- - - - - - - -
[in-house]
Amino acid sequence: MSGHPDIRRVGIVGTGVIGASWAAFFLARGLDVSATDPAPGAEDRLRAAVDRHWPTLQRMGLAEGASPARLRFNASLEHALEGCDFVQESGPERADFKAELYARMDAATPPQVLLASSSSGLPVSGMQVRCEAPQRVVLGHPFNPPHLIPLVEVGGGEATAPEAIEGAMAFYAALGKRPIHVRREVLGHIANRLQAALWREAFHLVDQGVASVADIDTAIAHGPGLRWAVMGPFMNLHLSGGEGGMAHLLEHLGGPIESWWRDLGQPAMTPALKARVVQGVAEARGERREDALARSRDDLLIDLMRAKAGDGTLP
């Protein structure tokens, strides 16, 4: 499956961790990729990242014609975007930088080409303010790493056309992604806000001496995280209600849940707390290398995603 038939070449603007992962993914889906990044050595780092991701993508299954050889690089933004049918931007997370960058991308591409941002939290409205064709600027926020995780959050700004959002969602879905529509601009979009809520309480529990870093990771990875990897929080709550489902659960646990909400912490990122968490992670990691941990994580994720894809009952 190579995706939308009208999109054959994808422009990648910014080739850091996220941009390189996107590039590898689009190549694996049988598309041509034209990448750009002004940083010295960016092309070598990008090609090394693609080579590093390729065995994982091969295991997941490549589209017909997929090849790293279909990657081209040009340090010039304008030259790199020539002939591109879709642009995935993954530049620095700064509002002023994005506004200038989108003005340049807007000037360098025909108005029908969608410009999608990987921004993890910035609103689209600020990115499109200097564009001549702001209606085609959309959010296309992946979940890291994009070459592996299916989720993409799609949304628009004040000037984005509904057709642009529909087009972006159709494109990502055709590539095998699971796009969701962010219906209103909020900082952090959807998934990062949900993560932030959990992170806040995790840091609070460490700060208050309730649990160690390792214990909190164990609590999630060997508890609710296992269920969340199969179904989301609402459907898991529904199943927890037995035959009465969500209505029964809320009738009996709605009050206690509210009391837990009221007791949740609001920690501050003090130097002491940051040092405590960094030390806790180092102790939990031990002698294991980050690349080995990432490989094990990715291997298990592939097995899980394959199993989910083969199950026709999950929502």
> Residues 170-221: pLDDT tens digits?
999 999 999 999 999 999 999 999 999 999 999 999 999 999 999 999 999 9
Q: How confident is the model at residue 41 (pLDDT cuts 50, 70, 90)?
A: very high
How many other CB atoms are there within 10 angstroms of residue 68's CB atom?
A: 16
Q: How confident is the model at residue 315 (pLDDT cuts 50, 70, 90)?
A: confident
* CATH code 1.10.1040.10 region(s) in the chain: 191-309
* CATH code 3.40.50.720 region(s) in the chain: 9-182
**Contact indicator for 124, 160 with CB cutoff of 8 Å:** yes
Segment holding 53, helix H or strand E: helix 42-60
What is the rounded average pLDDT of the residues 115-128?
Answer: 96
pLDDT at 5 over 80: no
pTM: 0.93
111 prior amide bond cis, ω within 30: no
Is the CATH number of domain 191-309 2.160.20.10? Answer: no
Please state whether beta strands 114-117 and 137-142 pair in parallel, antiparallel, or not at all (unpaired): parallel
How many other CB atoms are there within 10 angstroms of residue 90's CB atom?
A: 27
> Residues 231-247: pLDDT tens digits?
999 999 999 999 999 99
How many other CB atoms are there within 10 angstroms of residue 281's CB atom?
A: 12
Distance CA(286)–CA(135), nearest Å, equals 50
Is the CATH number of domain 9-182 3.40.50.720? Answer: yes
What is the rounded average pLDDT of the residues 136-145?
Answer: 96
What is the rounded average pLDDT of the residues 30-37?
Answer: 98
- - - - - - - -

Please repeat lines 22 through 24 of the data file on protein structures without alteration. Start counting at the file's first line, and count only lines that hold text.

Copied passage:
Please state whether beta strands 114-117 and 137-142 pair in parallel, antiparallel, or not at all (unpaired): parallel
How many other CB atoms are there within 10 angstroms of residue 90's CB atom?
A: 27